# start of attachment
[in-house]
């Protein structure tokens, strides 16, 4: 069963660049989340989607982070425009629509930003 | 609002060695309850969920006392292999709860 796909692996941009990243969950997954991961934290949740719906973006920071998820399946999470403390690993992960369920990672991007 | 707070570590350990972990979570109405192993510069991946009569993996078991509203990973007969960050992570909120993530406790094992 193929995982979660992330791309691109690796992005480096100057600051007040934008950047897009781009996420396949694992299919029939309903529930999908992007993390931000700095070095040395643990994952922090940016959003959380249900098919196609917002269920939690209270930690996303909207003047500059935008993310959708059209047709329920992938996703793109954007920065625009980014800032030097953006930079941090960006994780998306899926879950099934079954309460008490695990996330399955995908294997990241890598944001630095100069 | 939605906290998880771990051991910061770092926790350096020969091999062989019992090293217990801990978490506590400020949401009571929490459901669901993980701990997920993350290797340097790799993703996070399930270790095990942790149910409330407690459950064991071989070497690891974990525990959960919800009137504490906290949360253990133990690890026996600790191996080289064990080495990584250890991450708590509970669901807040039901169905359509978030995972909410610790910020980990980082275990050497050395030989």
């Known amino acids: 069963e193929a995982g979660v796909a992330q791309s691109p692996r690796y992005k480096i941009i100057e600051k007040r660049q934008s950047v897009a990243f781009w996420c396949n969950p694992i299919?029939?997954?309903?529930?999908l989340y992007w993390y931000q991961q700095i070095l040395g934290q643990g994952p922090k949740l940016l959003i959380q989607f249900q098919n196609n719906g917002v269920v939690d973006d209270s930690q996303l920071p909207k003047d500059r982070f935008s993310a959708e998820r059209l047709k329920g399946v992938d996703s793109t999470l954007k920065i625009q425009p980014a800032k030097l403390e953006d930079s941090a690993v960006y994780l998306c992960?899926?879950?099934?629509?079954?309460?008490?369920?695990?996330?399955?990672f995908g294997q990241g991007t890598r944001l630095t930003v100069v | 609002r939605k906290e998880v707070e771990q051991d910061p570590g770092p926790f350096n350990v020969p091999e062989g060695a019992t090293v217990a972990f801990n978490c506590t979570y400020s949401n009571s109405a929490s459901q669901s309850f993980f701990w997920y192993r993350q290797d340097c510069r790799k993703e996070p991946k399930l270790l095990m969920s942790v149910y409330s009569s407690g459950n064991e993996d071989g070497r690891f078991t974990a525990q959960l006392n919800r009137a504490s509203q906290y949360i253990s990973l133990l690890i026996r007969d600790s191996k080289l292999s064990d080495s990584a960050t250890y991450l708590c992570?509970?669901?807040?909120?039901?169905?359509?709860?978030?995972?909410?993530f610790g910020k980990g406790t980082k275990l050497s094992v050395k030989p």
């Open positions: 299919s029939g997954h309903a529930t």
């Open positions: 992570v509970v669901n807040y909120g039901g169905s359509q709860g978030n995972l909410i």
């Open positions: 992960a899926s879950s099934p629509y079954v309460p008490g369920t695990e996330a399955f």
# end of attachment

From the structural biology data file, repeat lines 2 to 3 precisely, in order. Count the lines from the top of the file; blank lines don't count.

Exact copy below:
């Protein structure tokens, strides 16, 4: 069963660049989340989607982070425009629509930003 | 609002060695309850969920006392292999709860 796909692996941009990243969950997954991961934290949740719906973006920071998820399946999470403390690993992960369920990672991007 | 707070570590350990972990979570109405192993510069991946009569993996078991509203990973007969960050992570909120993530406790094992 193929995982979660992330791309691109690796992005480096100057600051007040934008950047897009781009996420396949694992299919029939309903529930999908992007993390931000700095070095040395643990994952922090940016959003959380249900098919196609917002269920939690209270930690996303909207003047500059935008993310959708059209047709329920992938996703793109954007920065625009980014800032030097953006930079941090960006994780998306899926879950099934079954309460008490695990996330399955995908294997990241890598944001630095100069 | 939605906290998880771990051991910061770092926790350096020969091999062989019992090293217990801990978490506590400020949401009571929490459901669901993980701990997920993350290797340097790799993703996070399930270790095990942790149910409330407690459950064991071989070497690891974990525990959960919800009137504490906290949360253990133990690890026996600790191996080289064990080495990584250890991450708590509970669901807040039901169905359509978030995972909410610790910020980990980082275990050497050395030989």
């Known amino acids: 069963e193929a995982g979660v796909a992330q791309s691109p692996r690796y992005k480096i941009i100057e600051k007040r660049q934008s950047v897009a990243f781009w996420c396949n969950p694992i299919?029939?997954?309903?529930?999908l989340y992007w993390y931000q991961q700095i070095l040395g934290q643990g994952p922090k949740l940016l959003i959380q989607f249900q098919n196609n719906g917002v269920v939690d973006d209270s930690q996303l920071p909207k003047d500059r982070f935008s993310a959708e998820r059209l047709k329920g399946v992938d996703s793109t999470l954007k920065i625009q425009p980014a800032k030097l403390e953006d930079s941090a690993v960006y994780l998306c992960?899926?879950?099934?629509?079954?309460?008490?369920?695990?996330?399955?990672f995908g294997q990241g991007t890598r944001l630095t930003v100069v | 609002r939605k906290e998880v707070e771990q051991d910061p570590g770092p926790f350096n350990v020969p091999e062989g060695a019992t090293v217990a972990f801990n978490c506590t979570y400020s949401n009571s109405a929490s459901q669901s309850f993980f701990w997920y192993r993350q290797d340097c510069r790799k993703e996070p991946k399930l270790l095990m969920s942790v149910y409330s009569s407690g459950n064991e993996d071989g070497r690891f078991t974990a525990q959960l006392n919800r009137a504490s509203q906290y949360i253990s990973l133990l690890i026996r007969d600790s191996k080289l292999s064990d080495s990584a960050t250890y991450l708590c992570?509970?669901?807040?909120?039901?169905?359509?709860?978030?995972?909410?993530f610790g910020k980990g406790t980082k275990l050497s094992v050395k030989p």